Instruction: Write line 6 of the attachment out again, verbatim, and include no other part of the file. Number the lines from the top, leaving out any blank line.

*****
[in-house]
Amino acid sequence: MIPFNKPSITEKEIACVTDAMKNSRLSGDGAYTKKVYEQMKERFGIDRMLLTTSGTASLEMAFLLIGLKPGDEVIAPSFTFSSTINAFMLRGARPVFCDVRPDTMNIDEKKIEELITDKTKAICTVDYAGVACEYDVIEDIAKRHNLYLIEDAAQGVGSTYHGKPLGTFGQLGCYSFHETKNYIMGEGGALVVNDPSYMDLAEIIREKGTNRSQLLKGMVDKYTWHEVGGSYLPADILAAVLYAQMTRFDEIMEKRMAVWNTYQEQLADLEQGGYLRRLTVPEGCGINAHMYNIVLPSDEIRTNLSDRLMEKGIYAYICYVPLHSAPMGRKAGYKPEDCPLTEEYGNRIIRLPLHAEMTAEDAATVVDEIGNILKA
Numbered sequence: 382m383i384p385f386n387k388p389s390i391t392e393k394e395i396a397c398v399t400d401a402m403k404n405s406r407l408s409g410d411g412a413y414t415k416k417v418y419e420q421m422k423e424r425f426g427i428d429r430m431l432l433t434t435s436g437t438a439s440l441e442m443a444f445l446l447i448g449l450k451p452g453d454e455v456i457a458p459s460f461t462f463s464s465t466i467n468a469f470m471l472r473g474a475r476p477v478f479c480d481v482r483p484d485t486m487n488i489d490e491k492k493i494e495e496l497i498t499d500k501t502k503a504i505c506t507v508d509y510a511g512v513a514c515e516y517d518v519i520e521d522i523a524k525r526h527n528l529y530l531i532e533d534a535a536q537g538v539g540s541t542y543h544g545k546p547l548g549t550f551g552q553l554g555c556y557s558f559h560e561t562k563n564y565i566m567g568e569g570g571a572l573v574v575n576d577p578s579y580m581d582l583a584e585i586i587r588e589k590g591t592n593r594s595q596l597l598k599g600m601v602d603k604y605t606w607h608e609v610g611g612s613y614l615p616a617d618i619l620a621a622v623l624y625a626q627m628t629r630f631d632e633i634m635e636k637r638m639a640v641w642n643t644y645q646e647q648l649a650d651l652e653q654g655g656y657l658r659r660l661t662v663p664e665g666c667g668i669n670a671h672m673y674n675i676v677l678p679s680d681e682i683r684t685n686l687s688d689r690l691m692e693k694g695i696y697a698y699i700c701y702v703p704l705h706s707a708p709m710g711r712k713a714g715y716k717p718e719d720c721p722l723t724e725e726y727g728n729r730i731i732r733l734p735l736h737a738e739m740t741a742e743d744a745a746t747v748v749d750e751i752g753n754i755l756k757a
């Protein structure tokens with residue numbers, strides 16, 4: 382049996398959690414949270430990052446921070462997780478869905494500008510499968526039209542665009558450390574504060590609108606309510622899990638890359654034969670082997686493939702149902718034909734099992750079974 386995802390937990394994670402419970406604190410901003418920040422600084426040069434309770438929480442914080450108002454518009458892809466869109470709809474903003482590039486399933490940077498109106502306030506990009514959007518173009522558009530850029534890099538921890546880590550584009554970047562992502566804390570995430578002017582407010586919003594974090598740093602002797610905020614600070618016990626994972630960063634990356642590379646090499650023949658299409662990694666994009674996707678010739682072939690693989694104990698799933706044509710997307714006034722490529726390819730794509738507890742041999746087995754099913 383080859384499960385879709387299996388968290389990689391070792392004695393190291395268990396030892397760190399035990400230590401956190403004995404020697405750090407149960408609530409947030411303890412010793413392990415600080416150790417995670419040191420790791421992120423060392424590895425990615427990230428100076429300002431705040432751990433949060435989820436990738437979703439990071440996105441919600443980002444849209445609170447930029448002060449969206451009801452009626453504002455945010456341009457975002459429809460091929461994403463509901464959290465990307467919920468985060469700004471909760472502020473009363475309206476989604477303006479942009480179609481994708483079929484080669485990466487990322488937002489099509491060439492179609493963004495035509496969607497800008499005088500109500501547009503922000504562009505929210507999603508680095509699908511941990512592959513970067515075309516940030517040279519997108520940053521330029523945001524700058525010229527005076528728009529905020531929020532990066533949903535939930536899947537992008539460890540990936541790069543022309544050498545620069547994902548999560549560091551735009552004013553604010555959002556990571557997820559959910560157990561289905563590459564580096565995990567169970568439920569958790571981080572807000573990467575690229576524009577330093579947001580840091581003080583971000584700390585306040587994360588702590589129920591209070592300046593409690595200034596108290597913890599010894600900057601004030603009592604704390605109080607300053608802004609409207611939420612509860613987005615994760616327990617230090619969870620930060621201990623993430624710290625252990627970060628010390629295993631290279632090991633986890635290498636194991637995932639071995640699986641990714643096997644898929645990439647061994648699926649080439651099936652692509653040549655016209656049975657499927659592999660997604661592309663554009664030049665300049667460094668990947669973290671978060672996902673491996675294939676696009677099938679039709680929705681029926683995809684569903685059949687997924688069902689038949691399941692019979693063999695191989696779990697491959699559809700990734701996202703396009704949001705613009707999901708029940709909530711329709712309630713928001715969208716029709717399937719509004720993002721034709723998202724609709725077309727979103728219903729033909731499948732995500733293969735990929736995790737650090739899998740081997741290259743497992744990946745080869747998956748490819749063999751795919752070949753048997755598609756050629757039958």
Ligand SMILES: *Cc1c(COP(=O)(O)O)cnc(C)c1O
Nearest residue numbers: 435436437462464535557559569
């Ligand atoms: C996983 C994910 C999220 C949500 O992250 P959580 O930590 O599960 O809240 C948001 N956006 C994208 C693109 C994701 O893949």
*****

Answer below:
Nearest residue numbers: 435436437462464535557559569